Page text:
Aerial image of Southern Resident killer whale juvenile J50, swimming alongside her mother (J16) on September 3rd 2018 (right) for comparison. This highlights the small size and thin body profile of J50. Images by Holly Fearnbach (SR3) and John Durban (NOAA) obtained with an unmanned drone, piloted non-invasively >100ft above the whales under NMFS research permit #19091.

American officials are considering removing an extremely ill endangered orca from her family unit for a hands-on physical exam, saying field treatment has been unsuccessful.

The orca known as J50 is one of only 75 remaining southern resident killer whales, and has declined over recent months to the point where she is emaciated and often lagging behind her family.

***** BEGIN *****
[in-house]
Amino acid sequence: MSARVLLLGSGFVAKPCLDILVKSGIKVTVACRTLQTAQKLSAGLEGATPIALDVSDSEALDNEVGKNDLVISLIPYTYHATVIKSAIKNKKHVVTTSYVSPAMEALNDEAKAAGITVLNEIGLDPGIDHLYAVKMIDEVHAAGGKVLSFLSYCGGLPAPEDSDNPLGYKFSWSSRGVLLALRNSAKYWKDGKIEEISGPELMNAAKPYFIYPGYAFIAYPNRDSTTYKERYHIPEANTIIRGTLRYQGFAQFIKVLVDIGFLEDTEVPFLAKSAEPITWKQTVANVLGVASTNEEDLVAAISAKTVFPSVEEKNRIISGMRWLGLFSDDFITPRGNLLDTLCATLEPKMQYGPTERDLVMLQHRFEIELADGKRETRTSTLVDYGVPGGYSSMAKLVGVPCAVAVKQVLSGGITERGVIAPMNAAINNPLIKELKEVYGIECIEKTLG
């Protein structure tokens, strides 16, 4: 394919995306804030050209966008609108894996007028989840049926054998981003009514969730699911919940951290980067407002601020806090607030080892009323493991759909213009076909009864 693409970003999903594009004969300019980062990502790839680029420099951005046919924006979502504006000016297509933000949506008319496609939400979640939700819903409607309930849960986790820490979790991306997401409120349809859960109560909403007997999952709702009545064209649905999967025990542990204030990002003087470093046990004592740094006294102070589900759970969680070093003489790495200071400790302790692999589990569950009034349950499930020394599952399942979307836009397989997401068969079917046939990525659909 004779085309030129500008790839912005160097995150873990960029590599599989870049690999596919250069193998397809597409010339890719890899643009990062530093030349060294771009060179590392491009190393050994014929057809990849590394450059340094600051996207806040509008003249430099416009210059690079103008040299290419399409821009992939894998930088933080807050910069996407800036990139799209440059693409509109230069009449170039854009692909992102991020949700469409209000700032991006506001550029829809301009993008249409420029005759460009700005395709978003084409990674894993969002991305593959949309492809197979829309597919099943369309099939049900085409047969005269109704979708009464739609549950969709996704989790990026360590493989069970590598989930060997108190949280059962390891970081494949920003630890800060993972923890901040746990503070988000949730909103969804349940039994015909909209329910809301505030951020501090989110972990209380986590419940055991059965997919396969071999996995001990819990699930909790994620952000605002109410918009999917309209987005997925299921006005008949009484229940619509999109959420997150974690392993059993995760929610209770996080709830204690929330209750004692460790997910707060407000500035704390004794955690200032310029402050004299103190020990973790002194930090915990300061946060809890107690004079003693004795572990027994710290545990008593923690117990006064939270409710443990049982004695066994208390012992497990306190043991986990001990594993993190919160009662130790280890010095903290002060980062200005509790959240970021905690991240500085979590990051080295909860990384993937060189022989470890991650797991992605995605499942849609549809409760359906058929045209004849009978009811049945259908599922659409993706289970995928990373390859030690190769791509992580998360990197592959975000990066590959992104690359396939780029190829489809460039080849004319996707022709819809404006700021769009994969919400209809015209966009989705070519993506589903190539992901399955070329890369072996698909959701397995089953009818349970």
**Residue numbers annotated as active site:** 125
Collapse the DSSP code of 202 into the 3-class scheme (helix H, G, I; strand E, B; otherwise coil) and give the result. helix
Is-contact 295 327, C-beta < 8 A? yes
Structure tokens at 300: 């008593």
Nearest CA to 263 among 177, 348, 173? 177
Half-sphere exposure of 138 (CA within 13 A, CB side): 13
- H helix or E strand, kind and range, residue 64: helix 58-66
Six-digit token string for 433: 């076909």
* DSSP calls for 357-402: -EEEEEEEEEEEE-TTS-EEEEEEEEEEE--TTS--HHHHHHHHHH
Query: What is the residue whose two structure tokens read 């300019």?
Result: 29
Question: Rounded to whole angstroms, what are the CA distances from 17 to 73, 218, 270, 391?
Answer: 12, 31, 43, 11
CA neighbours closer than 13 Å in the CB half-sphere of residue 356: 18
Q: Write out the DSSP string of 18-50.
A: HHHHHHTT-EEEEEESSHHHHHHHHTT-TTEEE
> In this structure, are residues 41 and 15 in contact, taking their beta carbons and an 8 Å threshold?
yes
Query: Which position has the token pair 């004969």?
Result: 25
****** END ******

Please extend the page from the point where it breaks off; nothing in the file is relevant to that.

The National Oceanic and Atmospheric Administration says in a statement issued Tuesday night that veterinarians believe they have exhausted all reasonable remote treatment options and the juvenile whale’s survival is unlikely.

The administration says response teams would only act to rescue J50 if she becomes stranded or separated from the rest of her family group, so any risks of the intervention to the pod are minimized.

If experts who assess J50 in the field determine she cannot be treated or rehabilitated, teams would promptly return her to J Pod to spend the rest of her life with her family.

NOAA is hosting meetings in Seattle and Friday Harbor, Wash., this weekend to gauge public opinion on possible interventions.

Canada’s Department of Fisheries and Oceans did not immediately respond to a question about whether it would do the same in Canada.

Source: Canadian Press 

Ben O'Hara